This report is hearsay and I’d like to find some conformation of the collision, so my question:-
Is it possible to look in the wartime logbook of an RN ship? That probably being the only place to find anything on the collision.
Final note. Norman Sussex has told me he visits his father’s grave each year to place a poppy on it. As George Miller is his only shipmate there, he is given a poppy too.
A wonderful gesture that touched my heart, so I would like to give a public word of thanks to Norman Sussex, a really good man.
Thanks for the update on the story Keith, very interesting. I believe log books from HM Ships are kept at National Archives and can be viewed there. I dont think they are available to be viewed online. I know there are one or two members who frequent National Archives and they may be able to tell you how they can be accessed.
I've been looking in the National Archives web site, and below is what I found. Looks like a lot of historically important logbooks have been thrown away. A great shame as very many people will never learn the truth about their relative's actions in WW2.
Still, I'll not give up hope, perhaps one day a lowly naval clerk in Portsmouth will discover an old dustbin full of the ships logs
Ships' Logs (1799-1967)
All of the series mentioned so far were, by the mid nineteenth century, superseded by the ships' logs now held in ADM 53 . These logs were kept by the Officer of the Watch for all naval ships including battleships, aircraft carriers, cruisers and armed merchant cruisers. They record the standard navigational information as well as wheel and telegraph orders, deaths on board and visits by dignitaries or foreign officers. The Captain would inspect the log weekly and pass it to the appropriate Administrative Authority, from whence it would be sent to the Admiralty. Naval ships did not keep war diaries.
The list for ADM 53 is divided into several time periods or sections, although in each section the ships are listed in alphabetical order. This does not matter if you are doing an online search using the ship's name, and find everything you expect. Gaps in the sequence may be due to the ship undergoing a refit, or being lost during the war years. Some logs were retained as exhibits in Boards of Enquiry or court martial proceedings, and these are listed separately at the beginning of each new section of the ADM 53 paper list. For the Second World War, the logs of ships smaller than cruisers do not appear to have survived, apart from for 1939 and the early months of 1940.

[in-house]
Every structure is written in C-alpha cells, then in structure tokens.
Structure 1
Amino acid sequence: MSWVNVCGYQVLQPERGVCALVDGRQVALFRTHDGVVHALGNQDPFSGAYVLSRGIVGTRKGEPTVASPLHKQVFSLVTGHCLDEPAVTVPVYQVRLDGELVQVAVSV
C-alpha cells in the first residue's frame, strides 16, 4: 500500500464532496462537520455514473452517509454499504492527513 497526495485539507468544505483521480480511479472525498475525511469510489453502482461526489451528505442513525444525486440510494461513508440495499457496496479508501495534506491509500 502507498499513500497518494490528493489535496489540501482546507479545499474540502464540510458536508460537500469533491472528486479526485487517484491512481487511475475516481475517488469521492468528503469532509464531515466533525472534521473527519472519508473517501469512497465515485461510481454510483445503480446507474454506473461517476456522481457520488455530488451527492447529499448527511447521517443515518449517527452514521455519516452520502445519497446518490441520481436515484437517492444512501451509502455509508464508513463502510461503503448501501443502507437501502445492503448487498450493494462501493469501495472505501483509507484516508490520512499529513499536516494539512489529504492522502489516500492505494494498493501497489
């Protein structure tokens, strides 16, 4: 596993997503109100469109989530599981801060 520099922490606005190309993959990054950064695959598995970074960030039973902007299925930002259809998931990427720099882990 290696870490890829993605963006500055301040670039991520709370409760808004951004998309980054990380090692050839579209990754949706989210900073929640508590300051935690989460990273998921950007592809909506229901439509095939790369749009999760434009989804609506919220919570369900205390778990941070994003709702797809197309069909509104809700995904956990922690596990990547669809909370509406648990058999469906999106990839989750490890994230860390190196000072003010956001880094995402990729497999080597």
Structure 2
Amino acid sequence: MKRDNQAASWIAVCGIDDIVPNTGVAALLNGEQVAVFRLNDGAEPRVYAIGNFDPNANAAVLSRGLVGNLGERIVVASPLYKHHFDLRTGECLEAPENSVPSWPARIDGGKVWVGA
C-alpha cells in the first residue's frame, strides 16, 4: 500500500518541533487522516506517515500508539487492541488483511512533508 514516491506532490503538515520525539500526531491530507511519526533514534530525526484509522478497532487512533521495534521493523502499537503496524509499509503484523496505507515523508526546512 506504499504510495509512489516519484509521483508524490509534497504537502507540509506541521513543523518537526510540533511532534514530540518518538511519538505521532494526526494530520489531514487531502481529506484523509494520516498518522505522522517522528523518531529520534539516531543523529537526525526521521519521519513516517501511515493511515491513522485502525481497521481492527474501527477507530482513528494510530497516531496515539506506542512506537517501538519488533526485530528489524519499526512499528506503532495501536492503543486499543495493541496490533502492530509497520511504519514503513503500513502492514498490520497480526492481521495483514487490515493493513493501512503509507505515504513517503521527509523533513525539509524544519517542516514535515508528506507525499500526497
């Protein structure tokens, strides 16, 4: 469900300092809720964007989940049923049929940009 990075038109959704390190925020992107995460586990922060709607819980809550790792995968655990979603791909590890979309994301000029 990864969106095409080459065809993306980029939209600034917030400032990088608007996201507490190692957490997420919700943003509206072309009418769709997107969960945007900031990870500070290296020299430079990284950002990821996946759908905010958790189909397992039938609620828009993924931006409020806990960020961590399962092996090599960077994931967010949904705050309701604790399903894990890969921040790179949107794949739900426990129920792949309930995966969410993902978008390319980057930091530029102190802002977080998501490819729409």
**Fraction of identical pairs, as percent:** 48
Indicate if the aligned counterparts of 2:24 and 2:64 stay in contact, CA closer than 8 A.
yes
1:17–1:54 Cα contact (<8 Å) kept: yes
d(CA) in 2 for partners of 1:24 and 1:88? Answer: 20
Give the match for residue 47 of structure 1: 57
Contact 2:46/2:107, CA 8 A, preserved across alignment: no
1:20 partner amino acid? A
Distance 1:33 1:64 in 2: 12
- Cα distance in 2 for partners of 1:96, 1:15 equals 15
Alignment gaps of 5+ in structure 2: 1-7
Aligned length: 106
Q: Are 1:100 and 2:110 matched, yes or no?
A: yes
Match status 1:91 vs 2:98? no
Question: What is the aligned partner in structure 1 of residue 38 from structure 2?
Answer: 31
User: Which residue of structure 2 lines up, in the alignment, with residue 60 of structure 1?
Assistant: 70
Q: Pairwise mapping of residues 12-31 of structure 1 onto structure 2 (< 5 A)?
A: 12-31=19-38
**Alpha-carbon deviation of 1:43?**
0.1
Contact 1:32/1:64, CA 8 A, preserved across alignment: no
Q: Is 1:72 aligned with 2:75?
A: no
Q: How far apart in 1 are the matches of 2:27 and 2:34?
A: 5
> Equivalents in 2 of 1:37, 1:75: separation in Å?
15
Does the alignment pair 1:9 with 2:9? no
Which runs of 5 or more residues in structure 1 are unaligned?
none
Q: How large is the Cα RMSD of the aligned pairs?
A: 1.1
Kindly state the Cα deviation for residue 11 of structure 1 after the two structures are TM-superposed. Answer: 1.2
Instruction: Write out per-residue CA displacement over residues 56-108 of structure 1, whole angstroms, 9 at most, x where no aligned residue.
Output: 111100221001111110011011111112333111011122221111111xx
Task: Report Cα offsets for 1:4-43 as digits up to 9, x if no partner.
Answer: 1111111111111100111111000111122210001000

I thought I might add a little to this thread. If anyone is interested, the Vesper Association meets each year in Skipton, North Yorkshire on the second weekend of September. The weekend begins with a dinner on the Friday night, a 'social' on the Saturday night and a Parade on the Sunday (this year it will be 11th September) which includes a Service in Holy Trinity Church Skipton. There is a White Ensign in the church which was dedicated at the Vesper Sunday Service in1996. Online records of the Craven Herald, the local newspaper, include photographs of the ceremony when two plaques were installed at the Canal Basin in Skipton. Unlike many associations, this one is still well supported.
HMS Vesper's link with Skipton began in 1942 when the government inspired War Savings Movement held 'Warship Week' and Skipton 'adopted' HMS Vesper. Has anyone more information on the history of 'Warship Week' please.
KM, Welcome to the forum and thank you for the info relating to the Vesper Association.
With regards to Warship week you may find this thread interesting......
Alan - thank you so much for leading me to the posts about the adoption of ships in WW2. A most interesting collection of information. I wonder how many of the Associations are still going strong? KM
A quick reminder that the Vesper Association weekend begins on Friday - 9th September 2011 in Skipton, North Yorkshire. This year the Secretary of the Association has kindly mounted a display in Holy Trinity Church, Skipton with information, photographs and other mementos of Vesper. Visitors to the church have shown a great interest in both Vesper and the wartime fund raising which led to Vesper being 'adopted' by Skipton. The 'Vesper Service' as it is known by church members begins at 9.45 am in Holy Trinity Church on Sunday 11th September. KM